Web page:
“They are being undertaken in the hope that it will improve the lives of cancer survivors, although we don’t know what the outcomes are at this stage,” says Dr Jayasinghe of the University of Melbourne’s Obstetrics and Gynaecology Department at the Royal Women’s Hospital, Melbourne.
To some it may appear medical science was outpacing hospital ethics, but Dr McDougall disagrees.
“Clinicians recognised this is an ethically complex area and asked for help thinking through it. We’ve done a pretty good job of keeping up.”
The big questions.
The Royal Children’s is one of 26 hospitals around the world offering the procedure to pre-pubertal girls and 16 offering it to boys. The procedure is more advanced for women than men, with births from sperm produced from harvested testicular tissue possibly still decades away.
Dr McDougall and the bioethics team built the guidelines around a series of issues that repeatedly arose in their discussions with clinicians. They crafted a set of questions to prompt clinicians to reflect on ethical concerns from many angles.
- What is the proposed treatment and expected outcome for the child?
- What level of risk does the treatment pose to their fertility?
- Has the child’s reproductive tissue already been damaged?
- Can the fertility preservation take place at the same time as another treatment procedure?
- Will fertility preservation delay the start of treatment?
- What new risks or complications might the procedure bring?
- Do the parents understand that the procedure is not guaranteed to restore fertility?
- If the child is old enough to understand, has the procedure been explained to them?
- Does the child have any objections?
- Are there any other relevant matters to consider?
Royal Children’s Hospital paediatric oncologist, Professor Michael Sullivan says the ethical and clinical frameworks, including the set of questions, give clinicians confidence and comfort knowing that in offering hope to parents through fertility preservation, they are also following a uniform and recognised practice within the hospital.
Dr McDougall says each child’s situation is unique.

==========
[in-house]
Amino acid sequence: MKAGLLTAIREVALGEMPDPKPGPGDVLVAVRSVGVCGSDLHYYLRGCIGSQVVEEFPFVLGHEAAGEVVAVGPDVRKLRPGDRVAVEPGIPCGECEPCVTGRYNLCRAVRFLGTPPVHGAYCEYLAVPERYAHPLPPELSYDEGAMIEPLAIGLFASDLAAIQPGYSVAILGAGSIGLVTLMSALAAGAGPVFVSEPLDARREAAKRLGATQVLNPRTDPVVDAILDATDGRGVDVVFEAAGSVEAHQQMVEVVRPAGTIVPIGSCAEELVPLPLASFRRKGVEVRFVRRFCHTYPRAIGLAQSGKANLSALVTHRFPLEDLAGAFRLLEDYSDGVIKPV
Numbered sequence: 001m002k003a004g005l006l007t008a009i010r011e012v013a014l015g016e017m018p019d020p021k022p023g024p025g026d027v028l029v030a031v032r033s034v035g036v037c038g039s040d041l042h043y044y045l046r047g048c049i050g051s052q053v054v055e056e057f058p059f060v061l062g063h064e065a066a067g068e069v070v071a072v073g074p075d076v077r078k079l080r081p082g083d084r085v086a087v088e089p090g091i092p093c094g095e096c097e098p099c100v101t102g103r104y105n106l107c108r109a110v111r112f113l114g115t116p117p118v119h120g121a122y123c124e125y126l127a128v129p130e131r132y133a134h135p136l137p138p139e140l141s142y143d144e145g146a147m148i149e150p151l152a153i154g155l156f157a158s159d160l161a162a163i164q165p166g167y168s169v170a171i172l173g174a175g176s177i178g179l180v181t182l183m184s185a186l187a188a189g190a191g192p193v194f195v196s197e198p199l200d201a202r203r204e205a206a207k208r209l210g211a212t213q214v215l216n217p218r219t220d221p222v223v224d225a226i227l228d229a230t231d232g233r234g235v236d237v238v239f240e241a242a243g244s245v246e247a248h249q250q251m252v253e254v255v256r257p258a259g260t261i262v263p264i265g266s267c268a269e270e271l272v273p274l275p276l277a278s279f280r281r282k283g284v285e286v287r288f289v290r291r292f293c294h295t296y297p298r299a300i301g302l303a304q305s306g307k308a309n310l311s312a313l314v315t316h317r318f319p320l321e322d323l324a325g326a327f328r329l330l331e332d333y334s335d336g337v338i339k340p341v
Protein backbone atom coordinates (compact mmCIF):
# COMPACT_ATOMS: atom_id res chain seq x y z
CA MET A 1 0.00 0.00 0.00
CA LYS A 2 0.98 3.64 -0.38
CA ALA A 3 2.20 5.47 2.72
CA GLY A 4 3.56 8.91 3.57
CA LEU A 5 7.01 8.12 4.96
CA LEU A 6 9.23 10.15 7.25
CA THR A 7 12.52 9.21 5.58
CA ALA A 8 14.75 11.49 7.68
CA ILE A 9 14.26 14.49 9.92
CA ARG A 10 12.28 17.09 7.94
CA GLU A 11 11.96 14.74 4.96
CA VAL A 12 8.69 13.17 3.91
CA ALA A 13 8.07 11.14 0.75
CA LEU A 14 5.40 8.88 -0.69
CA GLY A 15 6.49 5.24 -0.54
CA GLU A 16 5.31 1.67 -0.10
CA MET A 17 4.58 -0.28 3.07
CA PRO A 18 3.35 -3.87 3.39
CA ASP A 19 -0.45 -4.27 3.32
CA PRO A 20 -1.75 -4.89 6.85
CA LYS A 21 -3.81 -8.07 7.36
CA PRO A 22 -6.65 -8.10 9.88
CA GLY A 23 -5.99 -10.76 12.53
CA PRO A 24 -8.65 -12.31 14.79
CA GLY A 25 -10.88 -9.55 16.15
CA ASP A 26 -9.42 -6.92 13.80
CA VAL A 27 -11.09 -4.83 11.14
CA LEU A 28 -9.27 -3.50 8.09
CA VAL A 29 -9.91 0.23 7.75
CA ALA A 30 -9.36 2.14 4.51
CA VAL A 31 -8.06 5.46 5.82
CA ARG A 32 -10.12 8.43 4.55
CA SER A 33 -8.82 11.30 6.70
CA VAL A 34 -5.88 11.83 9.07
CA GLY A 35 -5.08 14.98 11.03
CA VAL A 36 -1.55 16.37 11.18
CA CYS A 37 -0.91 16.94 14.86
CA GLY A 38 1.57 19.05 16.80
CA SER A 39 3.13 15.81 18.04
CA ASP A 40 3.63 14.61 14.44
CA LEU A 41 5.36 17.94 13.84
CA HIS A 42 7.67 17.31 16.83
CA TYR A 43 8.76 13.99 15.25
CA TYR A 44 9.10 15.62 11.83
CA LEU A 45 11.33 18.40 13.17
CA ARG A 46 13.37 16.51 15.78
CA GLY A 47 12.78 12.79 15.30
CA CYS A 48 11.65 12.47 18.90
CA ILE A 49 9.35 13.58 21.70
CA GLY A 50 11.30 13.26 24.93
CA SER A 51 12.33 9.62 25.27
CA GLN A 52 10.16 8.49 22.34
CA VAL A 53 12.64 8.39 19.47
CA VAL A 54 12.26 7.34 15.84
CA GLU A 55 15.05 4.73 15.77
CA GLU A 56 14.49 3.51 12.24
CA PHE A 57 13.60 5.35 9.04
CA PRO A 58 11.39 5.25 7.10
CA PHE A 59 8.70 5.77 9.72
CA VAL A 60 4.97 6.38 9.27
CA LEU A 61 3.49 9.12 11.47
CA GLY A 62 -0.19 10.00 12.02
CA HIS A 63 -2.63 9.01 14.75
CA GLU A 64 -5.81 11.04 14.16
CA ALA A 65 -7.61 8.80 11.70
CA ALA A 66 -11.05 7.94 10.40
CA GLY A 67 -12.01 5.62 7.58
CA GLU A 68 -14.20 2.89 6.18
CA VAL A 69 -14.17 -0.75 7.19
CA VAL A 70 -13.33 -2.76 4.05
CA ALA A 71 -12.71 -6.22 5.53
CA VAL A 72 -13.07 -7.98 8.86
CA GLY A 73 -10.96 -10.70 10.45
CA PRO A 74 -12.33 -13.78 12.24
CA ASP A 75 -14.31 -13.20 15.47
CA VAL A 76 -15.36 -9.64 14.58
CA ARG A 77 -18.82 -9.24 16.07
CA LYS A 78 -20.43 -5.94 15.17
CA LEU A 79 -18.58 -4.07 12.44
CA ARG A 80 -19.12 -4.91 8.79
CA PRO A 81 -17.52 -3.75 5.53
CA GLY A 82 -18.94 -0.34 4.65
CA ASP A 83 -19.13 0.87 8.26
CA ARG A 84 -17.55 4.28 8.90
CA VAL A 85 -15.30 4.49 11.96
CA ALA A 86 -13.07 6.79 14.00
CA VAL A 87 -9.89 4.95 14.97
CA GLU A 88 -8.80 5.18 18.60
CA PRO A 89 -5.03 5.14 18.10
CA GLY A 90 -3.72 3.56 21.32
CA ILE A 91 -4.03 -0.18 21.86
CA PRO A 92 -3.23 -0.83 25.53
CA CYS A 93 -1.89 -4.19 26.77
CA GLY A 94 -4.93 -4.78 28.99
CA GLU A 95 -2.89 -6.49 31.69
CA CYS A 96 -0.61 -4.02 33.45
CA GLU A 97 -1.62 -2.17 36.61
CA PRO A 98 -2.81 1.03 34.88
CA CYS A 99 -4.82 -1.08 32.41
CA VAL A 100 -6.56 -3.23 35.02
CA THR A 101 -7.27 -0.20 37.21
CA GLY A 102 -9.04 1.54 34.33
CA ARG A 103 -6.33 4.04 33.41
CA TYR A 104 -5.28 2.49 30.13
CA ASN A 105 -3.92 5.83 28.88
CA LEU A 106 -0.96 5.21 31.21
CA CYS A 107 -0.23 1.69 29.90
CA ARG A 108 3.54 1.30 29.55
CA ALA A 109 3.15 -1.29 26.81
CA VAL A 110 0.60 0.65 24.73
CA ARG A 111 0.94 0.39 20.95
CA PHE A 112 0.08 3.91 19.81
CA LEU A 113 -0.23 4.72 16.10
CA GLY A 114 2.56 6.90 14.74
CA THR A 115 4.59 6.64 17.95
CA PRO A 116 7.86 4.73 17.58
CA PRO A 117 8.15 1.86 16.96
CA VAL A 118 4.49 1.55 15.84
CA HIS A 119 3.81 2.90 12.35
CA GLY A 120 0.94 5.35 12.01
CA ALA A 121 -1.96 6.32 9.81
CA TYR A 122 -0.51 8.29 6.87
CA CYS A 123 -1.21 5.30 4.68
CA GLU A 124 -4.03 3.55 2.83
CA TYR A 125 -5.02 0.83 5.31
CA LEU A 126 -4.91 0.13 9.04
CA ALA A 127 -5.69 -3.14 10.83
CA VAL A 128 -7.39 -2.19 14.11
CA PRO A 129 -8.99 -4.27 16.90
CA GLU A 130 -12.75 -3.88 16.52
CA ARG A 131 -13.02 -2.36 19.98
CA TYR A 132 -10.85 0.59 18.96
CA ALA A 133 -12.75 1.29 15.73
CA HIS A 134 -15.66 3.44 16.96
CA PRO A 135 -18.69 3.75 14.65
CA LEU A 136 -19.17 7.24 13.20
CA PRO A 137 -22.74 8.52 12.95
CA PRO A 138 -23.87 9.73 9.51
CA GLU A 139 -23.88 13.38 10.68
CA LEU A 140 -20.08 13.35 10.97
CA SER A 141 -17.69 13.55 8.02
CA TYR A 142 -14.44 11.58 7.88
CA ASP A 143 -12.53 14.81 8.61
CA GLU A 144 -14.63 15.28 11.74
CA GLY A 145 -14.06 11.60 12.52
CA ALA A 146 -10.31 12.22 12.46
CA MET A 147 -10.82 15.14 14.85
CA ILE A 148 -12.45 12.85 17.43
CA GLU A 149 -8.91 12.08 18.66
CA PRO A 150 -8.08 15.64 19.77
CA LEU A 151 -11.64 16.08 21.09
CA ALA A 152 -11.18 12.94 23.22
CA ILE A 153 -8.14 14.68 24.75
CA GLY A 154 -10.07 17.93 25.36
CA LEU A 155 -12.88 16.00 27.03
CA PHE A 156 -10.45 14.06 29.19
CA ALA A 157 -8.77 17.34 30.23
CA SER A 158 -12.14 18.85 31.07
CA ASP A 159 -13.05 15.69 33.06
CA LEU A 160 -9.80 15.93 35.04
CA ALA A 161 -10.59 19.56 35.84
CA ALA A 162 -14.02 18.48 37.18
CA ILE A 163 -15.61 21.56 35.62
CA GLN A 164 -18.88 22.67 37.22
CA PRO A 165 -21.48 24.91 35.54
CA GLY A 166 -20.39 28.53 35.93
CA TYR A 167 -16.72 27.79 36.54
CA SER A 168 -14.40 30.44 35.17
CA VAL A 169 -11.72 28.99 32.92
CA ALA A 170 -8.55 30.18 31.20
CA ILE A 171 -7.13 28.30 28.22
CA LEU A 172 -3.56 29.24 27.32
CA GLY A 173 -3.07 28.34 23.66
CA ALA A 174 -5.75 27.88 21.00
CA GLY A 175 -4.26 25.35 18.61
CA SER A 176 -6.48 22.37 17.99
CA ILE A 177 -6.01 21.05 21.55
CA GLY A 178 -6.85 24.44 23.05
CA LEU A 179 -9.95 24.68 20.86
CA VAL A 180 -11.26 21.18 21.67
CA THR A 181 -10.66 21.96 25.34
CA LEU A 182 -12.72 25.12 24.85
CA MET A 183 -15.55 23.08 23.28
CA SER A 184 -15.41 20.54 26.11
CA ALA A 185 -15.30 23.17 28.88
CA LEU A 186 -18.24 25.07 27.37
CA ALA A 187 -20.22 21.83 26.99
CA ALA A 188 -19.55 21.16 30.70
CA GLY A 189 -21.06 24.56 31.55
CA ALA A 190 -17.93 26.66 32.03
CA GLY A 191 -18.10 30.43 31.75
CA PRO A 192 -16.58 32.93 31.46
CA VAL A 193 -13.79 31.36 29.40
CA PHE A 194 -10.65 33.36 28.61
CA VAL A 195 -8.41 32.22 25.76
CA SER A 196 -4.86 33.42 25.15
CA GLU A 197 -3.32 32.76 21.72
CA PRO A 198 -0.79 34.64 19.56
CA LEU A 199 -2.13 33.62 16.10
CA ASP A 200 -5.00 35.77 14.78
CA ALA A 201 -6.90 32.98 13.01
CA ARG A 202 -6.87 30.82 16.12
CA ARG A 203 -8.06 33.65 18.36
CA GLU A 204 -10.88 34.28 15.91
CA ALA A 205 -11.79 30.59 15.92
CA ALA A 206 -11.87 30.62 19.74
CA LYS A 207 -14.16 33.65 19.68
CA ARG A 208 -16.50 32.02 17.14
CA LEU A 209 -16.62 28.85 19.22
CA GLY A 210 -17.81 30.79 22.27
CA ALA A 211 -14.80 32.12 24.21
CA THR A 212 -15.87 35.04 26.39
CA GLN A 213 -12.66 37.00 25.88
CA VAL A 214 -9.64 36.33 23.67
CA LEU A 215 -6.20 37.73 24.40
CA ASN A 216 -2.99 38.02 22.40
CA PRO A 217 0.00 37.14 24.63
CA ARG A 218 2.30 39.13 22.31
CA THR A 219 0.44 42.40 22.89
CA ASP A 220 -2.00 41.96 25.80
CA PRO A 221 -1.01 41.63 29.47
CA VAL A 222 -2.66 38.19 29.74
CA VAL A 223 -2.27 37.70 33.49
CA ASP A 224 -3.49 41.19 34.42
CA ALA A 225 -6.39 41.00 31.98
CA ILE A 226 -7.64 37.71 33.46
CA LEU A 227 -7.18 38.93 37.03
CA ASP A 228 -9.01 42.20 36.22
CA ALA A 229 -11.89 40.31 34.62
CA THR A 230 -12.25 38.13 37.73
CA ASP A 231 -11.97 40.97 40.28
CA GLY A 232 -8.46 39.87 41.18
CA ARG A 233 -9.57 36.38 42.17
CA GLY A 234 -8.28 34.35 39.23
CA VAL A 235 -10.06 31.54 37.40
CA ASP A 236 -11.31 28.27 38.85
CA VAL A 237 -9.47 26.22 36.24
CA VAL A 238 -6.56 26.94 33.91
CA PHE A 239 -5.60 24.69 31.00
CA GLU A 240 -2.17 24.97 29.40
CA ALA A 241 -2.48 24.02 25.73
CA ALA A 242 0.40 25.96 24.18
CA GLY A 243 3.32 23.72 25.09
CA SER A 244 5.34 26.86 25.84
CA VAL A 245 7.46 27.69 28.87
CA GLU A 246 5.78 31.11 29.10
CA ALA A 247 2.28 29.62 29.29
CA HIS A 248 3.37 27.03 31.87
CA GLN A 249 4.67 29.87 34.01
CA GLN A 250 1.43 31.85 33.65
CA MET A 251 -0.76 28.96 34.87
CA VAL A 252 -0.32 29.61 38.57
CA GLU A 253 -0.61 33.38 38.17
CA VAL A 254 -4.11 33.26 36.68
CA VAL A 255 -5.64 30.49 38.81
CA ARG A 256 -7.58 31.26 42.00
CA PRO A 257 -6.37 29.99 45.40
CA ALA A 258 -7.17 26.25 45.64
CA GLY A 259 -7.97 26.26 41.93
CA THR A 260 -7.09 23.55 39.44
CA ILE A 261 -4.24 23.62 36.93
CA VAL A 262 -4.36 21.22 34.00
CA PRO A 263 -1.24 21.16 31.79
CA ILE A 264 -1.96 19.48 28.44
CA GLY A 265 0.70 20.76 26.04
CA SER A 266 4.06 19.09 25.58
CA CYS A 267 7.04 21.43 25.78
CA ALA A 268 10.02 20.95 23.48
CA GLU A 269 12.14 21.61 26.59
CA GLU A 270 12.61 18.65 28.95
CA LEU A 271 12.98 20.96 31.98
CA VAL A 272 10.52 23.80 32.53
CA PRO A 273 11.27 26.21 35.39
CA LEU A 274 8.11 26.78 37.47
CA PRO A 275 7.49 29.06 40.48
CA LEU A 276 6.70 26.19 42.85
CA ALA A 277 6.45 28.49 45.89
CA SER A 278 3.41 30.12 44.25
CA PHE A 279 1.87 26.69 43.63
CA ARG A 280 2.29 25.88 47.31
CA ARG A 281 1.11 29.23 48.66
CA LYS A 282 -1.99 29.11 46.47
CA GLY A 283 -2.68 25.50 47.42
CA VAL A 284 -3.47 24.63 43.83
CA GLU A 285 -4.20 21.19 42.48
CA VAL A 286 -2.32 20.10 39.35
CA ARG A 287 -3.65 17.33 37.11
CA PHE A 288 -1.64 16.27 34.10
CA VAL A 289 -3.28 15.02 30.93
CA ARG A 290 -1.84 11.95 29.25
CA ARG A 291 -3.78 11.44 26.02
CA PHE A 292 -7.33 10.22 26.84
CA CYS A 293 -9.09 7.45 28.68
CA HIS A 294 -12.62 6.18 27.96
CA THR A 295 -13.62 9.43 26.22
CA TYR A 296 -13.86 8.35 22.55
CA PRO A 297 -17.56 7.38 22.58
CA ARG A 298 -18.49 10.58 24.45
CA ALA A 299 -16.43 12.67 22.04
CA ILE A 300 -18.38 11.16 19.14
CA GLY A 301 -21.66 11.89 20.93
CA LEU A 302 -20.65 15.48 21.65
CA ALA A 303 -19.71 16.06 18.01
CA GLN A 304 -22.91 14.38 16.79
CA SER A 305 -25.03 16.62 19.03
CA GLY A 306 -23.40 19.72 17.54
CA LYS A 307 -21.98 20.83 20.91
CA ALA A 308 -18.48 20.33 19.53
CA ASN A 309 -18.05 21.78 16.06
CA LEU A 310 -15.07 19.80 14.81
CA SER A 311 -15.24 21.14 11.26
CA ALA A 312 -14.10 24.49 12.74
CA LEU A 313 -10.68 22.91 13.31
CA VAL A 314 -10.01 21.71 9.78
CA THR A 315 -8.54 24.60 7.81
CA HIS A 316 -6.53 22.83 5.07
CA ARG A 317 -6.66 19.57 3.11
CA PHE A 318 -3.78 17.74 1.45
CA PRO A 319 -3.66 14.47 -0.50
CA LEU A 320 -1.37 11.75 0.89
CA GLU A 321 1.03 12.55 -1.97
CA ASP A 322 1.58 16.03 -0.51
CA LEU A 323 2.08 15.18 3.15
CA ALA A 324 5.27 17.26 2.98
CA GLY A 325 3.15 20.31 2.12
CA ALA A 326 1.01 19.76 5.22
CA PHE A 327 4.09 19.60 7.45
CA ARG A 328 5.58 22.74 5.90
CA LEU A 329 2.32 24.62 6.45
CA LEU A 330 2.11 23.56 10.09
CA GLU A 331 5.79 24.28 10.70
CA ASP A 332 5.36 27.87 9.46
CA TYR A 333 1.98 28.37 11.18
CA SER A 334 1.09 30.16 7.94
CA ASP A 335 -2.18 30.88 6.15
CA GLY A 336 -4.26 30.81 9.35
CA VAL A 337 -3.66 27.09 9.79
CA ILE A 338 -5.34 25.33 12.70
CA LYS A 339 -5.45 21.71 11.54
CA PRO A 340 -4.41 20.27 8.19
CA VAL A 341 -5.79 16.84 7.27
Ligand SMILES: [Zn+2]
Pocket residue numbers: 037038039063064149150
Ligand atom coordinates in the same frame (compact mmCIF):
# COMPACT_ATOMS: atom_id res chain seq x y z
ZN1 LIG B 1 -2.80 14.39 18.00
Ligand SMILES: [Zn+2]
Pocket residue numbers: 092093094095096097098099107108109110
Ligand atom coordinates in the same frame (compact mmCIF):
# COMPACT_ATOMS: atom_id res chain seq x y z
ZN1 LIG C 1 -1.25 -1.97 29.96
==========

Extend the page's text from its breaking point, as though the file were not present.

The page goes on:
“It’s important to think about the individual child and their family’s views rather than just the procedure or technology as a whole. We need to ask, what are the benefits and burdens for them? There is always a really strong awareness that we were discussing a family’s situation and that it is really important for them.”
Dr McDougall says the procedure shouldn’t be offered if it will cause delays to treatment, if the child is not expected to survive the disease or if it introduces substantial risks.
She warns that doctors need to guard against giving false hope. If offering the procedure, they must be certain parents fully understand all aspects - including that it might not the restore the child’s fertility in adulthood.
Families should understand that although the procedure means doctors are planning for the child’s adult future, this is no guarantee the disease will be beaten.
Clinicians and families should also consider that some children are frightened of surgery and hospitals. How will an extra procedure affect this particular child?
“We hope that this tool will help hospitals consider whether it is appropriate to offer this procedure and remind them of the importance of focusing on individual children and the benefits or burdens for them,” Dr McDougall says.
It’s important to remember that the Royal Children’s Hospital work around this procedure relies on ethics support, something not all hospitals have, she says.
Dr McDougall notes the ethical challenges extend beyond the hospital gates, and beyond the team’s published paper.
Other considerations include: Who pays for tissue storage? What happens to the tissue if the child dies? Will the child later feel pressure to use the tissue and try for a family?
“It’s a really ethically complex area, we’ve focused on one piece of the puzzle, and there’s plenty more work to be done.”
This post was originally published in Pursuit and has been republished with full permission.